I have always maintained that buying is better than renting only if we buy a deal, below market value, with payments and upkeep we can afford and have reserves for.  I personally bought a primary that had a mother-in-law unit I could rent out to help with costs.  'Luxury househacking'. The rent will always more than cover operating costs once the debt service is done, making it a true 'asset'.

Maybe this house experience will force you to say 'I've had it!' so you buckle down and prioritize your spending and income.  Even if you one day sell and only break-even or even lose a little after sales expenses, this one lesson will pay you dividends for a lifetime.  Thanks again for sharing.  That takes guts!

@Braden Downs Buying Vs Renting will continue to be a topic of debate for generations to come. Now, you won't have to leave this website to find many who have made millions in REInvesting, of course, from taking rents from tenants over the years. 

The real question is: how exposed are you to knowledge and intel about money? There have been millions of Americans who never owned any real estate and others who have dominated the real estate space owning a ton of real estate. 

For instance, a doctor who saves lives every day at the local hospital could have paid rent all through his life to a real estate investor who owned many rentals in the same local area. Who is right or who lead a better life?! Who knows!

Buying or Renting has to be personal, to you, and to what you want out of life. When you discover that, nothing really matters!

Hope this somewhat helps you lol. Goodluck. Thanks! - Ola  

On a 30 yr fixed rate mortgage, the first year the principal balance is only paid down by about 1.7%. That percentage goes up very slowly each year after that. So assuming no appreciation (or depreciation) it would take over 3 years to pay down the mortgage enough to sell, cover a 6% realtor commission, and roughly break even.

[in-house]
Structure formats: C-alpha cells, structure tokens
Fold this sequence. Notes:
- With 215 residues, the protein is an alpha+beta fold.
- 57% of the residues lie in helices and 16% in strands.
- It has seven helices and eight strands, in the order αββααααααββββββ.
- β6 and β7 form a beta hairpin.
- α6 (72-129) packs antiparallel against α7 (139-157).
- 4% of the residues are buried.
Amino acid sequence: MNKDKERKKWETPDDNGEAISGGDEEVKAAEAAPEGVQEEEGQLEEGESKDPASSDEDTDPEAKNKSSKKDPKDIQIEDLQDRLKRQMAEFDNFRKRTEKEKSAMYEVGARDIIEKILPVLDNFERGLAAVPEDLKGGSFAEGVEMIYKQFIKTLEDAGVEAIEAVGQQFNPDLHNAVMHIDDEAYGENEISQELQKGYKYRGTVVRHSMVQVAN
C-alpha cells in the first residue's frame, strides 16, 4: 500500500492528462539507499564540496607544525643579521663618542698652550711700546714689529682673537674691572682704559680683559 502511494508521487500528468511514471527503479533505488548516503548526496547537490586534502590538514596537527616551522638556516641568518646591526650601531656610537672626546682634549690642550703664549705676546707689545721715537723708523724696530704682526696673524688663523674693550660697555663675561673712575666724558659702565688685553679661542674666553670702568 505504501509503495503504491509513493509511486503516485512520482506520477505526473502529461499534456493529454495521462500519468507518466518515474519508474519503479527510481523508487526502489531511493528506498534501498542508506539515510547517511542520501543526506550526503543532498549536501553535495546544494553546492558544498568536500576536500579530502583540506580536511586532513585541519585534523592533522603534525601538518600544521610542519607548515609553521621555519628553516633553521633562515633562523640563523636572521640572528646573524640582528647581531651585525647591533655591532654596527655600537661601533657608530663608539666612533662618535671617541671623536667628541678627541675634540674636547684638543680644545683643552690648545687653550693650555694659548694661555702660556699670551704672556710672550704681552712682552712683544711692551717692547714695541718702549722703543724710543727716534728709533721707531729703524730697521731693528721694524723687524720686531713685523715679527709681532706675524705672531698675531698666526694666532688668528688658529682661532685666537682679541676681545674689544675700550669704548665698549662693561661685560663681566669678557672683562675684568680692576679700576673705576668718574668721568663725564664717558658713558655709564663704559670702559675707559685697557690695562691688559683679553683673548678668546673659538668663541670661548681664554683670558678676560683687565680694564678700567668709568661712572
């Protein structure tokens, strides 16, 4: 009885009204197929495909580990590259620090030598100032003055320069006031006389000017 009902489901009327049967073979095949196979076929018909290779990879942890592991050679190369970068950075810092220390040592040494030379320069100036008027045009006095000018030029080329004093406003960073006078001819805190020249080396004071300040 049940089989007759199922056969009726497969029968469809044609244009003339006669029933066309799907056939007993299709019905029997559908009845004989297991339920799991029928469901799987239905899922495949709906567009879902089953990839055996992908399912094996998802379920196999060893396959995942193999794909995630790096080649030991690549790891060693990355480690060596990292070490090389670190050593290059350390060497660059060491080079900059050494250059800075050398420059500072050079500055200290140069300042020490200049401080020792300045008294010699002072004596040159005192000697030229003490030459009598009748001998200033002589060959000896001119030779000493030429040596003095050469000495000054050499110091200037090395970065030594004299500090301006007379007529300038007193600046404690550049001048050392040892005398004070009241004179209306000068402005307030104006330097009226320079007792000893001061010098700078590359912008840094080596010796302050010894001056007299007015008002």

This is one of many examples why I rent and invest out of state

rental:

http://jettamartin.pacificunion.com/real-estate/83...

buy:

https://www.redfin.com/CA/Walnut-Creek/818-El-Pase...

It's going to take me 150k just for my down payment to match the monthly payment, not to mention closing costs on a 750k loan.....

Or on a lower price point 

rent:

https://www.zillow.com/homedetails/2530-Oak-Rd-APT...

Buy

https://www.redfin.com/CA/Walnut-Creek/2709-Oak-Rd...

again, take my down payment and buy something free and clear if I wanted out of state or use it as down payment to get multiple properties...

Recommend reading The Theory of Poker by David Sklansky. You don't win the game by making zero mistakes. You win the game by making fewer mistakes than the other guy.

An important corollary: You can do everything right, and sometimes things still turn out wrong. Do everything right anyway.

Best of Luck with Your Real Estate Investing!!

It's critical for your success, security, and peace of mind that you work on increasing your savings greatly.

You are a two-income household and it sounds like you both make a decent income.

I guarantee you that if you do not change your habits on saving, reducing costs, etc. You will experience some problems that will complicate your life greatly and which could be avoided/reduced if you set yourself up with financial security.

Often-times one misfortune can set you down a spiral of bad events if you don't have the means to correct the first emergency.

What I would suggest is read Scott Trench's book if you have not already.

It's important that you get yourselves to an absolute minimum of $10,000 in cash savings (not including your retirement). 

Even if you are both only making $25,000 per year saving close to $20,000 should be doable. But you have to think smart about finances, and make lifestyle adjustments.

If you can set yourself up with financial runway you alter your life for the better.